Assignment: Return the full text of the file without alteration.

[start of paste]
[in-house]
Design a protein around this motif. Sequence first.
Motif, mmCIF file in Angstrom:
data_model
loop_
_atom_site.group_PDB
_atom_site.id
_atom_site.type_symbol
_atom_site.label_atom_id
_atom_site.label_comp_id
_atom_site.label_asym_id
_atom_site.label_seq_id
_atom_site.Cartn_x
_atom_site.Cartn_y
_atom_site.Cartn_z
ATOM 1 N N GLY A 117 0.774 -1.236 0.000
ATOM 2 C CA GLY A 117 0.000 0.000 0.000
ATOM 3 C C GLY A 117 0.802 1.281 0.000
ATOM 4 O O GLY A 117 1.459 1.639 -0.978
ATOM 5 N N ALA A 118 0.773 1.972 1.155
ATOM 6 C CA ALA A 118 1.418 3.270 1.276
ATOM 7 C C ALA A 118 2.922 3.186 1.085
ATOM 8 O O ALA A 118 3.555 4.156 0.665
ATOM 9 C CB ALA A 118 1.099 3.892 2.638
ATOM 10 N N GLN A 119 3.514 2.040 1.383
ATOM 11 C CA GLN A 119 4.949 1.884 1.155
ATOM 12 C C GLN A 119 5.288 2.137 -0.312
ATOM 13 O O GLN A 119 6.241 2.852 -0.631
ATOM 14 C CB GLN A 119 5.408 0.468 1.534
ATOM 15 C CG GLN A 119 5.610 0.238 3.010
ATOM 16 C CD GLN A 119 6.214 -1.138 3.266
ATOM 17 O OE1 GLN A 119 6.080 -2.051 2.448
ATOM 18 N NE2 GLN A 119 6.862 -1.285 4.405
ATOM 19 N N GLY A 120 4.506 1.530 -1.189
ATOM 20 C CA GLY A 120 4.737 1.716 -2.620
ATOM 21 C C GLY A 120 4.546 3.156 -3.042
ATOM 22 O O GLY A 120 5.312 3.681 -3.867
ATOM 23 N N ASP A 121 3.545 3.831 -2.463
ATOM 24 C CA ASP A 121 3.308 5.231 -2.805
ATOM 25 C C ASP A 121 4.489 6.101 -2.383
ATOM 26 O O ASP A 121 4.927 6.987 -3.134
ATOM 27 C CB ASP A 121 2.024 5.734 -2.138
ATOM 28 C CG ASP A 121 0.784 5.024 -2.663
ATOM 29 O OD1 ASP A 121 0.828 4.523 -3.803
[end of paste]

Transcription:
[in-house]
Design a protein around this motif. Sequence first.
Motif, mmCIF file in Angstrom:
data_model
loop_
_atom_site.group_PDB
_atom_site.id
_atom_site.type_symbol
_atom_site.label_atom_id
_atom_site.label_comp_id
_atom_site.label_asym_id
_atom_site.label_seq_id
_atom_site.Cartn_x
_atom_site.Cartn_y
_atom_site.Cartn_z
ATOM 1 N N GLY A 117 0.774 -1.236 0.000
ATOM 2 C CA GLY A 117 0.000 0.000 0.000
ATOM 3 C C GLY A 117 0.802 1.281 0.000
ATOM 4 O O GLY A 117 1.459 1.639 -0.978
ATOM 5 N N ALA A 118 0.773 1.972 1.155
ATOM 6 C CA ALA A 118 1.418 3.270 1.276
ATOM 7 C C ALA A 118 2.922 3.186 1.085
ATOM 8 O O ALA A 118 3.555 4.156 0.665
ATOM 9 C CB ALA A 118 1.099 3.892 2.638
ATOM 10 N N GLN A 119 3.514 2.040 1.383
ATOM 11 C CA GLN A 119 4.949 1.884 1.155
ATOM 12 C C GLN A 119 5.288 2.137 -0.312
ATOM 13 O O GLN A 119 6.241 2.852 -0.631
ATOM 14 C CB GLN A 119 5.408 0.468 1.534
ATOM 15 C CG GLN A 119 5.610 0.238 3.010
ATOM 16 C CD GLN A 119 6.214 -1.138 3.266
ATOM 17 O OE1 GLN A 119 6.080 -2.051 2.448
ATOM 18 N NE2 GLN A 119 6.862 -1.285 4.405
ATOM 19 N N GLY A 120 4.506 1.530 -1.189
ATOM 20 C CA GLY A 120 4.737 1.716 -2.620
ATOM 21 C C GLY A 120 4.546 3.156 -3.042
ATOM 22 O O GLY A 120 5.312 3.681 -3.867
ATOM 23 N N ASP A 121 3.545 3.831 -2.463
ATOM 24 C CA ASP A 121 3.308 5.231 -2.805
ATOM 25 C C ASP A 121 4.489 6.101 -2.383
ATOM 26 O O ASP A 121 4.927 6.987 -3.134
ATOM 27 C CB ASP A 121 2.024 5.734 -2.138
ATOM 28 C CG ASP A 121 0.784 5.024 -2.663
ATOM 29 O OD1 ASP A 121 0.828 4.523 -3.803